Fresh graduates demand high salary before getting employed


SEVERAL months ago, I was invited to give a talk to mass communication diploma students at a private college in Penang.

Among the many things I wanted to share with them were my experiences as a journalist and how it was like to work in a news organisation where deadlines had to be met every day.

I was nervous on the day of the talk. After being introduced by their lecturer, the enthusiastic applause by wide-eyed youths helped settle me down.

The students sat upright and were attentive during my presentation, giving me the impression that they were interested aboutbecoming journalists.

Besides news writing, I told them about the challenges all media practitioners had to face to pursue stories.

I also explained that journalism was not the typical ‘nine-to-five job’ but one that offered different scenarios each day.

The students were excited about the prospect of meeting people from all walks of life, including politicians and celebrities.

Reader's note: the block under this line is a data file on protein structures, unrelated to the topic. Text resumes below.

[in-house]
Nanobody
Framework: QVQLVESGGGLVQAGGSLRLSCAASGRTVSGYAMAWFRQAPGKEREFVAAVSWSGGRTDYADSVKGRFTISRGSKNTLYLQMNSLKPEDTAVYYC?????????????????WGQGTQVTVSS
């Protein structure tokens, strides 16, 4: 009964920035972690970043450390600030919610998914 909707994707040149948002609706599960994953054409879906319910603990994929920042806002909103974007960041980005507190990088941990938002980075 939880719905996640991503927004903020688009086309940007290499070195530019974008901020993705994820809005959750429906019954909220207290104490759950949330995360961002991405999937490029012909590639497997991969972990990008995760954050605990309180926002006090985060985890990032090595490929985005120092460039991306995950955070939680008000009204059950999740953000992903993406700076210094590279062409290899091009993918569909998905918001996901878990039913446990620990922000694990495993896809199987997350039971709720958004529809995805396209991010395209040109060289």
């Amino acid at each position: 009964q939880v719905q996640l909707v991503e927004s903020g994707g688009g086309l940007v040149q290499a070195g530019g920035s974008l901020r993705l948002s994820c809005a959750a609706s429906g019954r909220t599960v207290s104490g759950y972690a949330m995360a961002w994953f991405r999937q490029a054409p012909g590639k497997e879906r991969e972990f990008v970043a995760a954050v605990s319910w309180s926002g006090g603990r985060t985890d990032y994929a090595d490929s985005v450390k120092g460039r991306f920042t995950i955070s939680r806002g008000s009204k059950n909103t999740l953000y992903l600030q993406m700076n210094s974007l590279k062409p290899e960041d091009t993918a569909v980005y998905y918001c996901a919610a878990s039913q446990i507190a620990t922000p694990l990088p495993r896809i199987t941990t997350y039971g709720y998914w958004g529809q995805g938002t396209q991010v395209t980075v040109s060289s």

A Q&A session followed.

“Is it really as chaotic as how it was portrayed in The Newsroom?” asked a student, referring to the American TV series about a fictional cable news network.

As I was undertaking my Master’s degree course then, many of the students asked how I juggled my time between work and studies.

After the talk ended, a girl came up to me and asked: “Err ... Miss Cavina, how much do you earn as a journalist? Can survive?”

I grinned and politely told her that it was not impossible to ‘survive’.

She reminded me of a similar question posed by several youngsters a few weeks back. One of them remarked that she ‘cannot accept’ a job that pays at least RM3,200.

It is fine to ask about wages when gathering information on job market prospects. But most youngsters I spoke to recently were quite straight-forward about how much they should be paid to start working.

These are fresh graduates who have yet to prove their capabilities at the workplace.

What happened to working hard first before making salary demands?

Or gaining work experience before moving to a better-paying job? Surely that’s important too.

Perhaps the younger generation these days are just being realistic about their future, considering the rising cost of living.

However, the problem lies in the fact that most youngsters choose to have lavish lifestyles instead of saving for the future.

At the end of the day, no starting salary will be enough to support their spendthrift habit.

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